Why did hundreds of miners invade the Madeira River?

A Federal Police (PF) operation in the state of Amazonas has chased away hundreds of illegal miners who traveled to the state in search of gold. Most of the miners were berthed in the municipality of Autazes, just 113 km from the state capital, Manaus.

In November, photos and videos began circulating on the internet showing hundreds of ferries illegally mining in the Madeira river. The photos were released by environmentalists from the non-governmental organization (NGO) Greenpeace. The entity has monitored environmental crimes in the region for years.

Miners flee not to face justice

Due to the negative repercussion of the fact, Vice President Hamilton Mourão stated in a note that the Navy and the Federal Police would carry out operations in the Madeira River region to discourage the mine.

Greenpeace environmentalists, also in a note published on the official website, questioned the disclosure of this information, as, according to the NGO, they would have helped the miners to flee before the authorities arrived, preventing them from being brought to justice.

A new gold rush

The price of gram of gold has increased by 48% in the American market. (Source: Shutterstock)

Several factors have contributed to the increase in illegal mining in Brazil: the price of a gram of gold has increased by almost 50% since 2018. Furthermore, selling gold mined illegally is relatively easy.

There are several companies that buy gold legally. To sell it, the individual needs to count the origin of the ore. If he says that the origin is legal, coming from an authorized mine, the company can buy and resell the product, including exporting it, since the seller’s word is already enough to confirm the legality of the metal’s origin.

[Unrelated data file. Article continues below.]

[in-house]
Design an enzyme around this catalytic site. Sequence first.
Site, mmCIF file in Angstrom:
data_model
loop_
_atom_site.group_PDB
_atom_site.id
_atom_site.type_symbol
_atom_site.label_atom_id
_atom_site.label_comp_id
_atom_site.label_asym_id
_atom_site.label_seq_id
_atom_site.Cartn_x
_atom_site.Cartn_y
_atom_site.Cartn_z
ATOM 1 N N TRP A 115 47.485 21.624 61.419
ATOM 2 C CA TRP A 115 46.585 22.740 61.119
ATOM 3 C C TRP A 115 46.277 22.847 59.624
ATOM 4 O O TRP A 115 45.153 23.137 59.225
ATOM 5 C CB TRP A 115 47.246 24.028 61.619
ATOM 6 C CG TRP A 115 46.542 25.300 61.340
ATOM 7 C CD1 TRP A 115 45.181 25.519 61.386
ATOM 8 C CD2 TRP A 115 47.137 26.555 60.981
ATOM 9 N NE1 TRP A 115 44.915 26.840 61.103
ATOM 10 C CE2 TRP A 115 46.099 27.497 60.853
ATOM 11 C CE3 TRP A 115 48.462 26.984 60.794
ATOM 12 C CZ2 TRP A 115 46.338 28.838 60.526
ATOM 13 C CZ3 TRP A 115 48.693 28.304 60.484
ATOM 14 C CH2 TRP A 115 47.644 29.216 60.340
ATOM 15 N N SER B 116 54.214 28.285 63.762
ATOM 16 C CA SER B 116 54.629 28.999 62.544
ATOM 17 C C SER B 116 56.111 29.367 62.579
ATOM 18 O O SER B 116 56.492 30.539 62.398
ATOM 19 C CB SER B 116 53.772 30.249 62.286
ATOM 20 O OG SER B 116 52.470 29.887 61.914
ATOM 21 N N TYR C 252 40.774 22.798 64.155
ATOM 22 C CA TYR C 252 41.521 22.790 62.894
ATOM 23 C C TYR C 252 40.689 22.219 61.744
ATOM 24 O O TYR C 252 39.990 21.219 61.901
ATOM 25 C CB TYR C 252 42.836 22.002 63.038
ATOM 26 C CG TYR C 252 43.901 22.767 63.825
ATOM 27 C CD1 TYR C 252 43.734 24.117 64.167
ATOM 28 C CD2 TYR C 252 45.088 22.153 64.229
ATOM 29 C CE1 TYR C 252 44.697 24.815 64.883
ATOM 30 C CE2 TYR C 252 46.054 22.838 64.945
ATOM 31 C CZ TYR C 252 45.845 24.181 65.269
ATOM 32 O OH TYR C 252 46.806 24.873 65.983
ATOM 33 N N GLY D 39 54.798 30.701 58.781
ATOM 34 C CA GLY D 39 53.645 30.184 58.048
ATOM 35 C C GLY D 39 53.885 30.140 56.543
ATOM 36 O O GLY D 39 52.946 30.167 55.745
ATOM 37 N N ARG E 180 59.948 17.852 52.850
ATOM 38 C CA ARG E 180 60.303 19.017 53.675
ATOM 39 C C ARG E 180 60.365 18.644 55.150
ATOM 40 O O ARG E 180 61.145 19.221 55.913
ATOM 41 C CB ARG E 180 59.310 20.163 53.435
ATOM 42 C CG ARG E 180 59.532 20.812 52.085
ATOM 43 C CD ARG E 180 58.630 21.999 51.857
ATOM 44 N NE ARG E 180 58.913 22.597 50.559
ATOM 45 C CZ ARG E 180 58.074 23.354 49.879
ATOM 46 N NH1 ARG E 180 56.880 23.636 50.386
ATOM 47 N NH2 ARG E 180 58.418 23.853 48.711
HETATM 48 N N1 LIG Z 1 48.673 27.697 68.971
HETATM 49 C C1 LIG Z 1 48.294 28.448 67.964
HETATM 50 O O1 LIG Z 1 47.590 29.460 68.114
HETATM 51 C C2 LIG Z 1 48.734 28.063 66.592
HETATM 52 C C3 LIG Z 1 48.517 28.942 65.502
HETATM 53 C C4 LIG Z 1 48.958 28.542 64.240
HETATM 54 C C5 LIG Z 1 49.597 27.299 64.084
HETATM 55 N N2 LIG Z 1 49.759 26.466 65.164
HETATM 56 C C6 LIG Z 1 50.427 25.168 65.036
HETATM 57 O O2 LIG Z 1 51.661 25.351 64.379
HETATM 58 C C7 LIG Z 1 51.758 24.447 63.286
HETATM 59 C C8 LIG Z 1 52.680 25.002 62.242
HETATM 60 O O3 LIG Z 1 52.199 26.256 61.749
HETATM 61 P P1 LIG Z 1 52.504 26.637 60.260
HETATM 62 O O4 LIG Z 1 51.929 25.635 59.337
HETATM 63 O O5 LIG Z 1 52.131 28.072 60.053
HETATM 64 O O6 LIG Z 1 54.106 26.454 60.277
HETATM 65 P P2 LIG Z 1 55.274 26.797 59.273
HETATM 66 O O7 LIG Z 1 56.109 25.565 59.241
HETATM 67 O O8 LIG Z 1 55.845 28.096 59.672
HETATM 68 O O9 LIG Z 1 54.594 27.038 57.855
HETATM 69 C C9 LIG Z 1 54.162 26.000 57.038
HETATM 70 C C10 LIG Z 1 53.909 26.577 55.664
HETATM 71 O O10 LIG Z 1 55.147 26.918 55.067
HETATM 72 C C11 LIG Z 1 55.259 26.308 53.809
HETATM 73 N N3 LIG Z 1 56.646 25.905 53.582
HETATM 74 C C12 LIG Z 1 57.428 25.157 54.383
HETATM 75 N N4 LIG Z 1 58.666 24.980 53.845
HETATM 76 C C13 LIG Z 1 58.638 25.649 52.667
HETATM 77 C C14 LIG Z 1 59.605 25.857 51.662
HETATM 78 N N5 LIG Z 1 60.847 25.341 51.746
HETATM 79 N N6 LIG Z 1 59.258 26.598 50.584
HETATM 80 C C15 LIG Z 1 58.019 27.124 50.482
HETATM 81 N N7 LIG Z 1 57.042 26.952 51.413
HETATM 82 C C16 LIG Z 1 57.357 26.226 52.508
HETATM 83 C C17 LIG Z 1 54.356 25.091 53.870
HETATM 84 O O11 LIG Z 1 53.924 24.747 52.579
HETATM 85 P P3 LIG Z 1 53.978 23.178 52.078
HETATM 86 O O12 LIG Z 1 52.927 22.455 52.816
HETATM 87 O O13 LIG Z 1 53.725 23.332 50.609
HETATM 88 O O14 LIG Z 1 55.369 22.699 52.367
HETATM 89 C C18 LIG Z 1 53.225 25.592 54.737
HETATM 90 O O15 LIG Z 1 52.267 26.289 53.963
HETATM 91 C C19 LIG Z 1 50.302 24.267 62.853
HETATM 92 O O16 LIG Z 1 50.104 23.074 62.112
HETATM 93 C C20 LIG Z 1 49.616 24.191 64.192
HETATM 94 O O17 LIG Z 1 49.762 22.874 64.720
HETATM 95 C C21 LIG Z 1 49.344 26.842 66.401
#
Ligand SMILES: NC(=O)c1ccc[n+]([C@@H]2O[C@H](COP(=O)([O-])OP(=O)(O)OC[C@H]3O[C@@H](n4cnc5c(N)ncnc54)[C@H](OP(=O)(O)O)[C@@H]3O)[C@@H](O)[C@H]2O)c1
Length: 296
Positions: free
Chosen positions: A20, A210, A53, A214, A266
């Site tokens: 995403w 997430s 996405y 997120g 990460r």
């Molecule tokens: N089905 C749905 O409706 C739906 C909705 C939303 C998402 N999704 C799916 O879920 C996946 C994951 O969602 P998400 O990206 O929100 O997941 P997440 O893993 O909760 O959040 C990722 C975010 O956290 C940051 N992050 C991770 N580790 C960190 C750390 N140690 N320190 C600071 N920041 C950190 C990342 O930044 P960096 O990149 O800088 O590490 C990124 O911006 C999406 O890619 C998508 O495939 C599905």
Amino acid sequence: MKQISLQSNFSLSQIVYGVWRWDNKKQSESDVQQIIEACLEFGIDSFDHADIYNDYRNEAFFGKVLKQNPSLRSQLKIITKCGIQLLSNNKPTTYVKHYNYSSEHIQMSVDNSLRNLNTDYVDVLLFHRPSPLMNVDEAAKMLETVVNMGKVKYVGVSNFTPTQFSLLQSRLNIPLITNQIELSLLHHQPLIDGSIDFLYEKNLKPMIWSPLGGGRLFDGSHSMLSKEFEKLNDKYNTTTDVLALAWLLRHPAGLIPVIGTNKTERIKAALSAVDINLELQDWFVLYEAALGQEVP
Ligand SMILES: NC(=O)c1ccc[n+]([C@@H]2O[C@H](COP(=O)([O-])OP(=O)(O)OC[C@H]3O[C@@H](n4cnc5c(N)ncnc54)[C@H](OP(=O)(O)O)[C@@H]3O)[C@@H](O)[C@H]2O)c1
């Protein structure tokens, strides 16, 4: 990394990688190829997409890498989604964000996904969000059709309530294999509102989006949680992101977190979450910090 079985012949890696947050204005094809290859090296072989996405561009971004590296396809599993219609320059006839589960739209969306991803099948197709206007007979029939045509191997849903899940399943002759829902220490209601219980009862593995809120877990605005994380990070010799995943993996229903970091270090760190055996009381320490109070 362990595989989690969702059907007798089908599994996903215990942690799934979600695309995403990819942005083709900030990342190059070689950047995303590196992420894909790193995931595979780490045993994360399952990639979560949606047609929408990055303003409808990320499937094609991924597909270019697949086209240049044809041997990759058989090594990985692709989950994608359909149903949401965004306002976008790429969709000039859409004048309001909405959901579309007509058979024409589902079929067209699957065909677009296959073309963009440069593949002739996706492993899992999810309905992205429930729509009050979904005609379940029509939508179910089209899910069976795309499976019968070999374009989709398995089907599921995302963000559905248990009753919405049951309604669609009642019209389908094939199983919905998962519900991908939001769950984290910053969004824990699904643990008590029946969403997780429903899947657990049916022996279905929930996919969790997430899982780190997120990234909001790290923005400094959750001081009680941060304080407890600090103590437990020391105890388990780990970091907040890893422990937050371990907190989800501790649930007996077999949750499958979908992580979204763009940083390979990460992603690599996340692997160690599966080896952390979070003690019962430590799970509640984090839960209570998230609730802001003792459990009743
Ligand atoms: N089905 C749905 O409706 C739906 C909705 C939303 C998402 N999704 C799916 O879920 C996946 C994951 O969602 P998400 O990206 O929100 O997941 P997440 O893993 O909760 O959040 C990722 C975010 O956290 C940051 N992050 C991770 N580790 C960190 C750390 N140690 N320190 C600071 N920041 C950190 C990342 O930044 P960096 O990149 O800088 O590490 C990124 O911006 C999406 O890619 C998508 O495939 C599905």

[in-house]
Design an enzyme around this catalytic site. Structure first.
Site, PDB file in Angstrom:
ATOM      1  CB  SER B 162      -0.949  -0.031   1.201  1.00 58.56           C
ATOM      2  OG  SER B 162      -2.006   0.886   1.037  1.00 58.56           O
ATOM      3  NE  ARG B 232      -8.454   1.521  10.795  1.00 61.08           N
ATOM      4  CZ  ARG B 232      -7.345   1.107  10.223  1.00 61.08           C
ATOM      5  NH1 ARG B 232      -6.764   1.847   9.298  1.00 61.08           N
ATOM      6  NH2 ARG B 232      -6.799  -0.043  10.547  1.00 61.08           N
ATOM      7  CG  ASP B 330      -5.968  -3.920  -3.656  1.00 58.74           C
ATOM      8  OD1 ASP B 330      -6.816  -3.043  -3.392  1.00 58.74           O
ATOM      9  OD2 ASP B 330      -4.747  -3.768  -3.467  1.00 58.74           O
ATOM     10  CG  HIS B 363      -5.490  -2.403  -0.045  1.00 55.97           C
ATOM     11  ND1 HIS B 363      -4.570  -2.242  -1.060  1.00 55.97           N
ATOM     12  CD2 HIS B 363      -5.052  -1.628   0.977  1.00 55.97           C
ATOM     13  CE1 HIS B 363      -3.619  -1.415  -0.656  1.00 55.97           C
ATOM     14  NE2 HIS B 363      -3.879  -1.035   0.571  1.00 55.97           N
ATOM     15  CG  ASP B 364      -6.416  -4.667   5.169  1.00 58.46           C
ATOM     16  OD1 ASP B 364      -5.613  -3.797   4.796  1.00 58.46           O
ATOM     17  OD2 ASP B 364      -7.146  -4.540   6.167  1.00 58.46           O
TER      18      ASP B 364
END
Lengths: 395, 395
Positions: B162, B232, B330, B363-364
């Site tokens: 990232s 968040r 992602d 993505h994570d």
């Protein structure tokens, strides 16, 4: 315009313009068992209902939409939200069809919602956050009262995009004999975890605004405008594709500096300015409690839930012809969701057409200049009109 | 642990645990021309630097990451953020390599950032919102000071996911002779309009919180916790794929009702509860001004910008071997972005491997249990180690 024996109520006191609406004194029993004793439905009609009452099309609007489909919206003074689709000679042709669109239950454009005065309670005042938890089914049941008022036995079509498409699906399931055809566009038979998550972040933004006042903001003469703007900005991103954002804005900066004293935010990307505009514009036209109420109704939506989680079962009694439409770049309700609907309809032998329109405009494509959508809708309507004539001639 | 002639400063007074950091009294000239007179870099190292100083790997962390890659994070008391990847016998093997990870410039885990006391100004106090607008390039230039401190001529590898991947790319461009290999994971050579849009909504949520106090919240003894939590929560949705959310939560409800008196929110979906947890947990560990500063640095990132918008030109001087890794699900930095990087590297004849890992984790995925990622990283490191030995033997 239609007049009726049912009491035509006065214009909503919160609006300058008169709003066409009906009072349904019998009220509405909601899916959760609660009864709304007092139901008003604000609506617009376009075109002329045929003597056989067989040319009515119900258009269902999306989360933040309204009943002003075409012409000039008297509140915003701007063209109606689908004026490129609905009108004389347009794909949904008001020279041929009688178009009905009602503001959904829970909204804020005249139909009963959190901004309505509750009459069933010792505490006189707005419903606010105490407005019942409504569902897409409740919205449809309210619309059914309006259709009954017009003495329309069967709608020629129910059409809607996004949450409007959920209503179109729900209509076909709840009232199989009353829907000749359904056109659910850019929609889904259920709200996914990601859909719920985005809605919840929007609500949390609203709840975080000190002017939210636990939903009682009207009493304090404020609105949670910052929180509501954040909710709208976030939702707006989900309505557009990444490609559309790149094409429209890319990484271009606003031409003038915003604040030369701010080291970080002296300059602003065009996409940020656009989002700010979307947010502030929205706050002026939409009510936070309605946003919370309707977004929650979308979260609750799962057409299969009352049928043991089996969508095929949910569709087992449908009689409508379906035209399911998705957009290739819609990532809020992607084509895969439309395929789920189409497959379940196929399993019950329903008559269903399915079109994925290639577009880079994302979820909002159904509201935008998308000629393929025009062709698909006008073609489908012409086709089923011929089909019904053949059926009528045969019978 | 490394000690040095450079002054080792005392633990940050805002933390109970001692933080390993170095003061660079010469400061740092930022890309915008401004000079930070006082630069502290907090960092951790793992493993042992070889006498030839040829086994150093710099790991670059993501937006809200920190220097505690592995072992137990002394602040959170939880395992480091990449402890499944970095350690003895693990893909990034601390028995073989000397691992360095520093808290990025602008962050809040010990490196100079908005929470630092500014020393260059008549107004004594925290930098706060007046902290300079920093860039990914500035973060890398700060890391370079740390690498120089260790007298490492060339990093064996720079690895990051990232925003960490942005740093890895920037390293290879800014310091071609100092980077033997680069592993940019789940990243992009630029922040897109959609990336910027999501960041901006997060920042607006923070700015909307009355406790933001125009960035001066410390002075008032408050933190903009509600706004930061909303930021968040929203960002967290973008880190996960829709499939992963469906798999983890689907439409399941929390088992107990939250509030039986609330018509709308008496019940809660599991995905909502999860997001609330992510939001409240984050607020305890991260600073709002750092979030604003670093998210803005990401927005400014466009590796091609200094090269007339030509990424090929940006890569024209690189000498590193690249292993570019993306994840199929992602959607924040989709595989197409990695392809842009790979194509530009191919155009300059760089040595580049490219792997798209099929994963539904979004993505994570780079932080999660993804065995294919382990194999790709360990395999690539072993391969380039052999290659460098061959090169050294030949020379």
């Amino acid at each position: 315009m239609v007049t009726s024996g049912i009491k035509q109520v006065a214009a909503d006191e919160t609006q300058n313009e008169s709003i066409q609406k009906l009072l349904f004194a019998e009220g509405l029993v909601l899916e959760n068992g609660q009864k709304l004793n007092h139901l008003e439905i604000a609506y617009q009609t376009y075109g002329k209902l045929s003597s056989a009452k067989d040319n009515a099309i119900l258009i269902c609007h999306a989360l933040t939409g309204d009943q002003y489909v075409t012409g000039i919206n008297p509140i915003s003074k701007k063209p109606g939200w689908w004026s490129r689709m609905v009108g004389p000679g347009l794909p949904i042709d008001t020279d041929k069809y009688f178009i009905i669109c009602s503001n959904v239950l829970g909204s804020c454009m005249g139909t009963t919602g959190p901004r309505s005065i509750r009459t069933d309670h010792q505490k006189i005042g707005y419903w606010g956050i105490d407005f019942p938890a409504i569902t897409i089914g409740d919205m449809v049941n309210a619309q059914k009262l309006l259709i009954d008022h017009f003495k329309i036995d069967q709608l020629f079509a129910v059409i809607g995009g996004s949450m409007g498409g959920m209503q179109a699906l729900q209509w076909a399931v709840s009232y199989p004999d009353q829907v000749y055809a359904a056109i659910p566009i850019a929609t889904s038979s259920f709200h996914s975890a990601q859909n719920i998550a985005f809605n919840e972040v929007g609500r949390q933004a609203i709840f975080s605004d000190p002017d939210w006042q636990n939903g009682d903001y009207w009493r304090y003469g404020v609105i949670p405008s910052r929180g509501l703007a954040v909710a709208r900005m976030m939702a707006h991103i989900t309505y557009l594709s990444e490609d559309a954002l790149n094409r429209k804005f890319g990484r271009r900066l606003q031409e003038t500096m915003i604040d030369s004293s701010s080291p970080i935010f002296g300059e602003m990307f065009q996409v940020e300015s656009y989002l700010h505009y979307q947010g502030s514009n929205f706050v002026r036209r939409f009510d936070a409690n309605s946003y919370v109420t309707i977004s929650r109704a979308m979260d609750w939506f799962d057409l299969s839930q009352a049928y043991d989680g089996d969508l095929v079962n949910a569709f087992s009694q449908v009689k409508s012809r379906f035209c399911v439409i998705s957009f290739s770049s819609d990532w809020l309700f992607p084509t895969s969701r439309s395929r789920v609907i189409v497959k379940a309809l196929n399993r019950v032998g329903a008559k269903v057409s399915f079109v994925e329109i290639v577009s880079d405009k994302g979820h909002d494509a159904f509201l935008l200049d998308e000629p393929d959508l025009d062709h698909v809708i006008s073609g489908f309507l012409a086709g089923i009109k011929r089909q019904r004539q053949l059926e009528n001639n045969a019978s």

In addition, the speeches of President Jair Bolsonaro (no party) are received by the miners as a nod to the mining activity, who have said several times that the miners are one of their hobbies. Bolsonaro has also defended mining in forests and indigenous lands, which provokes anger among environmentalists and residents of these regions due to the contamination of waters by mercury.

(Source: Folhapress)(Source: Folhapress)

According to a study released by the Federal University of Minas Gerais (UFMG), there was a significant drop in the number of environmental fines imposed by the Brazilian Institute for the Environment and Renewable Natural Resources (IBAMA). The annual average of fines dropped 43.5% in the years 2019 and 2020, when compared to the average of previous years.

This fact may also contribute to the increase in illegal mining on the Madeira River, as the federal government is responsible for inspecting the activities carried out on it, since it is a river with a border between states.

The risks of mining on the Madeira River

Mining on the Madeira River bed requires the presence of divers. These individuals tear down the river banks and suck up this earth using suction pumps. This land then goes to mats on the rafts where the gold is separated from waste. It turns out that it is not uncommon for divers to be buried under water.

Mercury contamination can make fishing unfeasible, a fundamental activity for the livelihood of the region's residents. (Source: Shutterstock)Mercury contamination can make fishing unfeasible, a fundamental activity for the livelihood of the region’s residents. (Source: Shutterstock)

For those who survive, there is a risk of mercury contamination — the element is needed to separate gold from impurities. In addition to contaminating miners, the material also contaminates river water, accumulating in living beings such as fish.

This generates a chain of contamination that harms fauna, fishermen, fish consumers and the local economy. Furthermore, soil destruction due to mining damages vegetation and impacts the local ecosystem.